6005 Camino de la Costa La Jolla, California
Mar 14 1953
Dear Swanie:
Playback is getting a bit tired. I have 36,000 words of doodling and not yet a stiff. That is terrible. I am suffering from a very uncommon disease called (by me) atrophy of the inventive powers. I can write like a streak but I bore myself. That being so, I could hardly fail to bore others worse. I can't help thinking of that beautiful piece of Sid Perelman's entitled "I'm Sorry I Made Me Cry."
Did you ever read what they call Science Fiction? It's a scream. It is written like this: "I checked out with K19 on Aldabaran III, and stepped out through the crummalite hatch on my 22 Model Sirus Hardtop. I cocked the timejector in secondary and waded through the bright blue manda grass. My breath froze into pink pretzels. I flicked on the heat bars and the Brylls ran swiftly on five legs using their other two to send out crylon vibrations. The pressure was almost unbearable, but I caught the range on my wrist computer through the transparent cysicites. I pressed the trigger. The thin violet glow was icecold against the rust-colored mountains. The Brylls shrank to half an inch long and I worked fast stepping on them with the poltex. But it wasn't enough. The sudden brightness swung me around and the Fourth Moon had already risen. I had exactly four seconds to hot up the disintegrator and Google had told me it wasn't enough. He was right."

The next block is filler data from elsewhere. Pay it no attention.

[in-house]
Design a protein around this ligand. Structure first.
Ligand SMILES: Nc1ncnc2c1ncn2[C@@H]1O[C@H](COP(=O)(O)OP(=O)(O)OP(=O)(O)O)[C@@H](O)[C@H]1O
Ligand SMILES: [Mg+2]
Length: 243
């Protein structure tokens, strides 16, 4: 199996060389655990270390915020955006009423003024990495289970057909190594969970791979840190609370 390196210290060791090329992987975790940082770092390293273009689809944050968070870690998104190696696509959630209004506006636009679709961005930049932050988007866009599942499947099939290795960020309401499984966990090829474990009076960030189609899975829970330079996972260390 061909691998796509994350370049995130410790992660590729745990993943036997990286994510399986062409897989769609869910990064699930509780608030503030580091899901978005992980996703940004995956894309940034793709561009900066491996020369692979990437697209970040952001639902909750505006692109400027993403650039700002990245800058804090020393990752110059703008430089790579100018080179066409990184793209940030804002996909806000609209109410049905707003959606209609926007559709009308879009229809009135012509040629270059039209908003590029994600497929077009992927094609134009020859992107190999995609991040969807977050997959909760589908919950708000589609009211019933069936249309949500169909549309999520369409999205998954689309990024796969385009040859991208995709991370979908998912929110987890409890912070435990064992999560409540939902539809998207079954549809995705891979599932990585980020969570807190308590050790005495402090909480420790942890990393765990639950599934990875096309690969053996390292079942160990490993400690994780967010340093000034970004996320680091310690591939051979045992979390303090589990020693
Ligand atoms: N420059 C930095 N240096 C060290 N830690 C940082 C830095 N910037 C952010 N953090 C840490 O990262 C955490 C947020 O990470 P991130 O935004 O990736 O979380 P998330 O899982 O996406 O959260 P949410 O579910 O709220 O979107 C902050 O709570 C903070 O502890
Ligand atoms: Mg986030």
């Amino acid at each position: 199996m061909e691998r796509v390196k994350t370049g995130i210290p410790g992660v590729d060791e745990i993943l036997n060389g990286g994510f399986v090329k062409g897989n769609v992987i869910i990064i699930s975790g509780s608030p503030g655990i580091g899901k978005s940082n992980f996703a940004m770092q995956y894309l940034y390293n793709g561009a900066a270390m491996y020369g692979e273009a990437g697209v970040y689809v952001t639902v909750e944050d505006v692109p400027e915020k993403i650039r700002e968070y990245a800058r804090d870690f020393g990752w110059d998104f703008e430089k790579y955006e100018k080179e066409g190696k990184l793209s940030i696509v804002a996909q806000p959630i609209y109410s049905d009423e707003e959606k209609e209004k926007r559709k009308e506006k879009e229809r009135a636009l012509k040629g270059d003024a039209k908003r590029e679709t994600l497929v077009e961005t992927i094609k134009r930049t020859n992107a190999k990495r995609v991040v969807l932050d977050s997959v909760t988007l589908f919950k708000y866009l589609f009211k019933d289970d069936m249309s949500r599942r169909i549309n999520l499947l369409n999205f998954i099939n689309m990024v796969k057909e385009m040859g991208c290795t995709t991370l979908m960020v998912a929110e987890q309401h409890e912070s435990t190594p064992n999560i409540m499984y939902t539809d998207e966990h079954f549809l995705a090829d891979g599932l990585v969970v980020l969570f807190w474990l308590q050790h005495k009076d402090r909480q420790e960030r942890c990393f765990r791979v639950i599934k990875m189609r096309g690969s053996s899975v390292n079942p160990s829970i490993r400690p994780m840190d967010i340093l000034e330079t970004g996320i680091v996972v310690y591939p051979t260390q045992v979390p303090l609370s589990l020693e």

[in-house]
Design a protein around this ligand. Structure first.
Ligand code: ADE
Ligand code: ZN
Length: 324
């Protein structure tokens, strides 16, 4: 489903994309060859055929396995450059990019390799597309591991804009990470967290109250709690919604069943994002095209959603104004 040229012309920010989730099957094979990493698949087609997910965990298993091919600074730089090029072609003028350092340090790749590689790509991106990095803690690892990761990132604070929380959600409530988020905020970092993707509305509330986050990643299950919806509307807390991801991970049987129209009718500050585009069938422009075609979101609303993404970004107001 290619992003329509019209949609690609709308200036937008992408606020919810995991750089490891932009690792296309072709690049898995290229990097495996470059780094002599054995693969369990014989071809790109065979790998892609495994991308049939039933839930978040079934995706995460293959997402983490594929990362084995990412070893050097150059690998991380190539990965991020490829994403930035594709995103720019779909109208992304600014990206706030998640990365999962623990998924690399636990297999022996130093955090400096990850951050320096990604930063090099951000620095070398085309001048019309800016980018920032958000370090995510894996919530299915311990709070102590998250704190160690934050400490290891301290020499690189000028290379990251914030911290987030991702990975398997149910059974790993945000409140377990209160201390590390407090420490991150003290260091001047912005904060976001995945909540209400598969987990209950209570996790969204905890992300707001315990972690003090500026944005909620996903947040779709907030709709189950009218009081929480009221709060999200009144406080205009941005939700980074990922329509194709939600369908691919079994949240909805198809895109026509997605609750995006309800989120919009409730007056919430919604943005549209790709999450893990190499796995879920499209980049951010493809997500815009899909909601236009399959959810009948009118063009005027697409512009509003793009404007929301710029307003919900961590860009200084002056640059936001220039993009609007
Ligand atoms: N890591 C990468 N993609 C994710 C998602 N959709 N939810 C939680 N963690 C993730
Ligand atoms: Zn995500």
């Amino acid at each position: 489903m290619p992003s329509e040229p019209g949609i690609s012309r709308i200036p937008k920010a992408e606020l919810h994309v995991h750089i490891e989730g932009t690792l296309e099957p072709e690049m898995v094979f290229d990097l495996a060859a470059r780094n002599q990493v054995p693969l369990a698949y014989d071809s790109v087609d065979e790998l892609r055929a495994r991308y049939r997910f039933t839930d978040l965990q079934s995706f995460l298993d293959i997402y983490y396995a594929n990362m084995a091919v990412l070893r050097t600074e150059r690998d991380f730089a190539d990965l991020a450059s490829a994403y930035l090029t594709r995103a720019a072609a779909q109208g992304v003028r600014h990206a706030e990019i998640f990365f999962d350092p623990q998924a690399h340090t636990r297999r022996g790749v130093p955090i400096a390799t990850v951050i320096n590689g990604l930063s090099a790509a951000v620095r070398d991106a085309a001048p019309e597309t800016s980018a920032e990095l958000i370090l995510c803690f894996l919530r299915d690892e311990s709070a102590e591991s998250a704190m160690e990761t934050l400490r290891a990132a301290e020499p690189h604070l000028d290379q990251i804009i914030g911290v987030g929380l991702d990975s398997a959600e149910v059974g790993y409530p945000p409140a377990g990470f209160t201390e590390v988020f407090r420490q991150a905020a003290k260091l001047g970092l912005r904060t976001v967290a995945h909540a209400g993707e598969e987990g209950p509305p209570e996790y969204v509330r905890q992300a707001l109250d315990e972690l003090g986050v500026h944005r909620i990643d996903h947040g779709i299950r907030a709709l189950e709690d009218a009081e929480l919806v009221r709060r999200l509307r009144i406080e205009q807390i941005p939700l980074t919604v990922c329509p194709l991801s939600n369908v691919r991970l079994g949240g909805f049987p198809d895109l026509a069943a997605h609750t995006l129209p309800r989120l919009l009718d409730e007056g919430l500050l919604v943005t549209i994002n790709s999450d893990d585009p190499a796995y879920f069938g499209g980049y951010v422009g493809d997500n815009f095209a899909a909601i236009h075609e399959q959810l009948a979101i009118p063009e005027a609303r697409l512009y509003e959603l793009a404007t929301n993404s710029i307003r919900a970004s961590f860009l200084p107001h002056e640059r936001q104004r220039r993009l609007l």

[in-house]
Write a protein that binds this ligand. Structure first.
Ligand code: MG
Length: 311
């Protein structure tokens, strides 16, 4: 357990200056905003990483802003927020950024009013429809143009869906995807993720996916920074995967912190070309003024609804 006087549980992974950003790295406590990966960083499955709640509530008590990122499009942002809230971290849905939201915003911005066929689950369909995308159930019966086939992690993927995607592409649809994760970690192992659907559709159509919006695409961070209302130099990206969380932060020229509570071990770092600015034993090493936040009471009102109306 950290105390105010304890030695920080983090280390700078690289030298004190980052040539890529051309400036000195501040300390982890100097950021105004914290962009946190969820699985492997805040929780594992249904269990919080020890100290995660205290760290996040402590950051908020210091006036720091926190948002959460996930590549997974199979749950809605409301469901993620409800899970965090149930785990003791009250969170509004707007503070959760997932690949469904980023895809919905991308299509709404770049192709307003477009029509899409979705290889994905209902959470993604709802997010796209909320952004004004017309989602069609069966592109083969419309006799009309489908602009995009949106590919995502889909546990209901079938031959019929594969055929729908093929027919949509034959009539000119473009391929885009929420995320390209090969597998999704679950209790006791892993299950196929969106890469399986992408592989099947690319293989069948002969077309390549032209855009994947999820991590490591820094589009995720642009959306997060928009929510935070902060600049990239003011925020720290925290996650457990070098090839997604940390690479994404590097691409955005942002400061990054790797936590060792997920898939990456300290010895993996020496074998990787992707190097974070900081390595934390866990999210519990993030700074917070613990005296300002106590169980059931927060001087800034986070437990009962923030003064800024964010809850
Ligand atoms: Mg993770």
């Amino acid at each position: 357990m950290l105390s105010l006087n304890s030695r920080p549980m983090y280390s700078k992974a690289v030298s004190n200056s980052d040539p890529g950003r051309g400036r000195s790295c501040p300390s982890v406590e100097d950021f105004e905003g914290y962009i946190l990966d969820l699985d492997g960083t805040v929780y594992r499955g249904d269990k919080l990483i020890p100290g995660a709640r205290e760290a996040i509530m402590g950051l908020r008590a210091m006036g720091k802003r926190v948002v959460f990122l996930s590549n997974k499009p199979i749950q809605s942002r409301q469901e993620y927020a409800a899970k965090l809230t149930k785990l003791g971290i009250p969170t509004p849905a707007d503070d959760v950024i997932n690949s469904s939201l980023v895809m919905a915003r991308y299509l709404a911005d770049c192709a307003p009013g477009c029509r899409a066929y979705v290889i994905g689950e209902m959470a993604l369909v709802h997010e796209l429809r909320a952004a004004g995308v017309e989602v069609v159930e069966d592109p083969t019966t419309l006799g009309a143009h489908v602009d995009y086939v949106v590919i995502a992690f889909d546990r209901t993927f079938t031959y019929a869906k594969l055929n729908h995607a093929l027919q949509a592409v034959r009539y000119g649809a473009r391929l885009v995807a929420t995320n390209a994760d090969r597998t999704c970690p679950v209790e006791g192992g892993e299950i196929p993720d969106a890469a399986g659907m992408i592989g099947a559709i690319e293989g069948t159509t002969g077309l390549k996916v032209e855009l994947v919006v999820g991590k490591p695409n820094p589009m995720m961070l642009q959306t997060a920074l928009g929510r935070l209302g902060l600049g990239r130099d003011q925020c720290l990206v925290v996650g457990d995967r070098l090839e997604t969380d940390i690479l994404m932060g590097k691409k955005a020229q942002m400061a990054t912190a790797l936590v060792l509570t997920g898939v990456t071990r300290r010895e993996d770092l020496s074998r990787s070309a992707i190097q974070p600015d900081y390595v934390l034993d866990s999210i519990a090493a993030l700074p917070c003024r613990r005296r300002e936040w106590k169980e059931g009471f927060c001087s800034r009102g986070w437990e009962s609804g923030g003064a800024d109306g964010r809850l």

They pay brisk money for this crap?

(On view at the Letters of Note website edited by Shaun Usher. The homepage says a book collection of its contents will be published next month. I'm looking forward to it.)

October 06, 2012

Celebrating the books that cause dangerous thoughts

It's Banned Books Week, time to celebrate the freedom to read, as the traditional slogan goes, and the right to read, as a newer one I saw this year for the first time goes. We celebrate the fact that books make people think dangerous thoughts about questioning authority and rebelling against conformity, and above all, we celebrate the fact that when organisations ban books to keep that from happening, the books always outlive the bans.

Nowadays in the Western world the out-and-out banning of books by government or religious authorities is not very frequent, but narrow-minded community groups have stepped into the breach with insidious campaigns to get books "cleaned up", ie censored, to render them fit for consumption by young people. Or maybe more than "fit" they just mean "easy". Easy and undistinguished, like fast food.

Matt Bors is a cartoonist and editor at Cartoon Movement whom you may have heard of from his having collaborated with war correspondent David Axe on his talked-about graphic novel memoir about war in the 21st century, War is boring: bored stiff, scared to death in the world's worst war zones. Here is a great cartoon he drew which lampoons this new practice of book-sanitising, from a post called "White wash" on his blog Bors Blog ("comics, politics and ridicule"):

The first panel is true: a sanitised edition of The Adventures of Huckleberry Finn really was published for use in schools where an understanding of the past, including its evils, is evidently not among the lessons children are supposed to learn. The others, well, I'd like to say clearly not, but I wouldn't swear to it!

Read about Banned Books Week, which celebrates its 30th anniversary this year, on the American Library Association website.

October 01, 2012

War comics

Special guest blogger Kelly Sheehan writes comics and, also, interesting things about comics, such as this: